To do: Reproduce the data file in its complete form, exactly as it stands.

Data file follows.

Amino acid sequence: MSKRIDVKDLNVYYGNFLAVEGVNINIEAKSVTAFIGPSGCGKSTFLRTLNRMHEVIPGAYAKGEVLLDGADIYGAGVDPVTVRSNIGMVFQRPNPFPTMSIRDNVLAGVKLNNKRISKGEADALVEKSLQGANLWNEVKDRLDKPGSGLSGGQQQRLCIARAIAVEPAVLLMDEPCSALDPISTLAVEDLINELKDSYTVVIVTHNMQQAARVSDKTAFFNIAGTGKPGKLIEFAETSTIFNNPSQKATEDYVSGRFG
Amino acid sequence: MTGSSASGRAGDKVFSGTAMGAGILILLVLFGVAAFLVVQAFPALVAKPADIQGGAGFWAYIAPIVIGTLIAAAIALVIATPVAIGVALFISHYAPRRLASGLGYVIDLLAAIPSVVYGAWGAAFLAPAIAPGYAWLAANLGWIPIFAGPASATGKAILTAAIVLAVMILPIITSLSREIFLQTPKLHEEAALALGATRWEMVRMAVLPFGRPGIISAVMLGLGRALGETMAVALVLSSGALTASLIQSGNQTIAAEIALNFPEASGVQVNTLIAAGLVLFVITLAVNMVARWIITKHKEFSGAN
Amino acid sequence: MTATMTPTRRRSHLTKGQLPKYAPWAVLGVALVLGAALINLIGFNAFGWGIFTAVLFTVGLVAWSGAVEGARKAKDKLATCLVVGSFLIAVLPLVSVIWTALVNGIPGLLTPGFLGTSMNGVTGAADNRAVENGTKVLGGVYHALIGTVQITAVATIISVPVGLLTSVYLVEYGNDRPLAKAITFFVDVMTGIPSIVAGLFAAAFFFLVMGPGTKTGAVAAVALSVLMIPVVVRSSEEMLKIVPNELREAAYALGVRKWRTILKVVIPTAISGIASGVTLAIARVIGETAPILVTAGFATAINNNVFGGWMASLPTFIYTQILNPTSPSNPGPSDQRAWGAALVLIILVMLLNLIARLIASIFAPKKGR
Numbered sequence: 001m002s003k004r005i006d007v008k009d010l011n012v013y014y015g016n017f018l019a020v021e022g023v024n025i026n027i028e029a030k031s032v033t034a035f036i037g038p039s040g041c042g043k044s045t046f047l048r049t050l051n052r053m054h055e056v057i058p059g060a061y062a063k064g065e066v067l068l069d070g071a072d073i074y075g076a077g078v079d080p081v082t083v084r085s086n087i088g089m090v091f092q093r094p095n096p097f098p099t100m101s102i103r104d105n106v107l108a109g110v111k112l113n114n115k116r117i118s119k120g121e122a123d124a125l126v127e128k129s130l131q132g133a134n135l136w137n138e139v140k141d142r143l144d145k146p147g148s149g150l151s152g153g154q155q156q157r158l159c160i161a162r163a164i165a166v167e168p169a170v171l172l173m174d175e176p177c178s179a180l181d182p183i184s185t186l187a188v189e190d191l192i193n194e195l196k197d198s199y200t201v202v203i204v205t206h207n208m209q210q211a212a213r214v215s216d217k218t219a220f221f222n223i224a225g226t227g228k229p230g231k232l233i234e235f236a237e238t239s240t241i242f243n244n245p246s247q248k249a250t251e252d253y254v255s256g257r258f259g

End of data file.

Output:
Amino acid sequence: MSKRIDVKDLNVYYGNFLAVEGVNINIEAKSVTAFIGPSGCGKSTFLRTLNRMHEVIPGAYAKGEVLLDGADIYGAGVDPVTVRSNIGMVFQRPNPFPTMSIRDNVLAGVKLNNKRISKGEADALVEKSLQGANLWNEVKDRLDKPGSGLSGGQQQRLCIARAIAVEPAVLLMDEPCSALDPISTLAVEDLINELKDSYTVVIVTHNMQQAARVSDKTAFFNIAGTGKPGKLIEFAETSTIFNNPSQKATEDYVSGRFG
Amino acid sequence: MTGSSASGRAGDKVFSGTAMGAGILILLVLFGVAAFLVVQAFPALVAKPADIQGGAGFWAYIAPIVIGTLIAAAIALVIATPVAIGVALFISHYAPRRLASGLGYVIDLLAAIPSVVYGAWGAAFLAPAIAPGYAWLAANLGWIPIFAGPASATGKAILTAAIVLAVMILPIITSLSREIFLQTPKLHEEAALALGATRWEMVRMAVLPFGRPGIISAVMLGLGRALGETMAVALVLSSGALTASLIQSGNQTIAAEIALNFPEASGVQVNTLIAAGLVLFVITLAVNMVARWIITKHKEFSGAN
Amino acid sequence: MTATMTPTRRRSHLTKGQLPKYAPWAVLGVALVLGAALINLIGFNAFGWGIFTAVLFTVGLVAWSGAVEGARKAKDKLATCLVVGSFLIAVLPLVSVIWTALVNGIPGLLTPGFLGTSMNGVTGAADNRAVENGTKVLGGVYHALIGTVQITAVATIISVPVGLLTSVYLVEYGNDRPLAKAITFFVDVMTGIPSIVAGLFAAAFFFLVMGPGTKTGAVAAVALSVLMIPVVVRSSEEMLKIVPNELREAAYALGVRKWRTILKVVIPTAISGIASGVTLAIARVIGETAPILVTAGFATAINNNVFGGWMASLPTFIYTQILNPTSPSNPGPSDQRAWGAALVLIILVMLLNLIARLIASIFAPKKGR
Numbered sequence: 001m002s003k004r005i006d007v008k009d010l011n012v013y014y015g016n017f018l019a020v021e022g023v024n025i026n027i028e029a030k031s032v033t034a035f036i037g038p039s040g041c042g043k044s045t046f047l048r049t050l051n052r053m054h055e056v057i058p059g060a061y062a063k064g065e066v067l068l069d070g071a072d073i074y075g076a077g078v079d080p081v082t083v084r085s086n087i088g089m090v091f092q093r094p095n096p097f098p099t100m101s102i103r104d105n106v107l108a109g110v111k112l113n114n115k116r117i118s119k120g121e122a123d124a125l126v127e128k129s130l131q132g133a134n135l136w137n138e139v140k141d142r143l144d145k146p147g148s149g150l151s152g153g154q155q156q157r158l159c160i161a162r163a164i165a166v167e168p169a170v171l172l173m174d175e176p177c178s179a180l181d182p183i184s185t186l187a188v189e190d191l192i193n194e195l196k197d198s199y200t201v202v203i204v205t206h207n208m209q210q211a212a213r214v215s216d217k218t219a220f221f222n223i224a225g226t227g228k229p230g231k232l233i234e235f236a237e238t239s240t241i242f243n244n245p246s247q248k249a250t251e252d253y254v255s256g257r258f259g